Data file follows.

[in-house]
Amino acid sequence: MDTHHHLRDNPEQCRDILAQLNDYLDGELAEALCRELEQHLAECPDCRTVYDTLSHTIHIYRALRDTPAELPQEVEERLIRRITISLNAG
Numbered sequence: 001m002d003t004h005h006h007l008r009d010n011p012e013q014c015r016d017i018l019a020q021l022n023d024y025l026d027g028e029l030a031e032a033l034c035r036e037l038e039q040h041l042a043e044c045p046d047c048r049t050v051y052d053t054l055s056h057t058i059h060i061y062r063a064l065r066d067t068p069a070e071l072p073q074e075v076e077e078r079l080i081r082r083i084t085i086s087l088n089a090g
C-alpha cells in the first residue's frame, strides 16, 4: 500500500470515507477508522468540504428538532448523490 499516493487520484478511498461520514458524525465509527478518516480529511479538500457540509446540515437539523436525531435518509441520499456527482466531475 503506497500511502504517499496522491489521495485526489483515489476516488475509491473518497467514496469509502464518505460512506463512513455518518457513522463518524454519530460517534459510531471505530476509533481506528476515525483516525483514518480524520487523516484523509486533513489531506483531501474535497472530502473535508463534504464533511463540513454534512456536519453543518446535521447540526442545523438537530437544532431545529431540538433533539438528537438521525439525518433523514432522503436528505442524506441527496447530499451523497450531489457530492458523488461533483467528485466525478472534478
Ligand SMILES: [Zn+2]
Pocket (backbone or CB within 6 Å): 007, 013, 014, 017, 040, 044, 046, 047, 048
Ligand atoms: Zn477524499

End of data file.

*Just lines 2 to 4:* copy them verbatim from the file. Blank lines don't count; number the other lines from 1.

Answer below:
Amino acid sequence: MDTHHHLRDNPEQCRDILAQLNDYLDGELAEALCRELEQHLAECPDCRTVYDTLSHTIHIYRALRDTPAELPQEVEERLIRRITISLNAG
Numbered sequence: 001m002d003t004h005h006h007l008r009d010n011p012e013q014c015r016d017i018l019a020q021l022n023d024y025l026d027g028e029l030a031e032a033l034c035r036e037l038e039q040h041l042a043e044c045p046d047c048r049t050v051y052d053t054l055s056h057t058i059h060i061y062r063a064l065r066d067t068p069a070e071l072p073q074e075v076e077e078r079l080i081r082r083i084t085i086s087l088n089a090g
C-alpha cells in the first residue's frame, strides 16, 4: 500500500470515507477508522468540504428538532448523490 499516493487520484478511498461520514458524525465509527478518516480529511479538500457540509446540515437539523436525531435518509441520499456527482466531475 503506497500511502504517499496522491489521495485526489483515489476516488475509491473518497467514496469509502464518505460512506463512513455518518457513522463518524454519530460517534459510531471505530476509533481506528476515525483516525483514518480524520487523516484523509486533513489531506483531501474535497472530502473535508463534504464533511463540513454534512456536519453543518446535521447540526442545523438537530437544532431545529431540538433533539438528537438521525439525518433523514432522503436528505442524506441527496447530499451523497450531489457530492458523488461533483467528485466525478472534478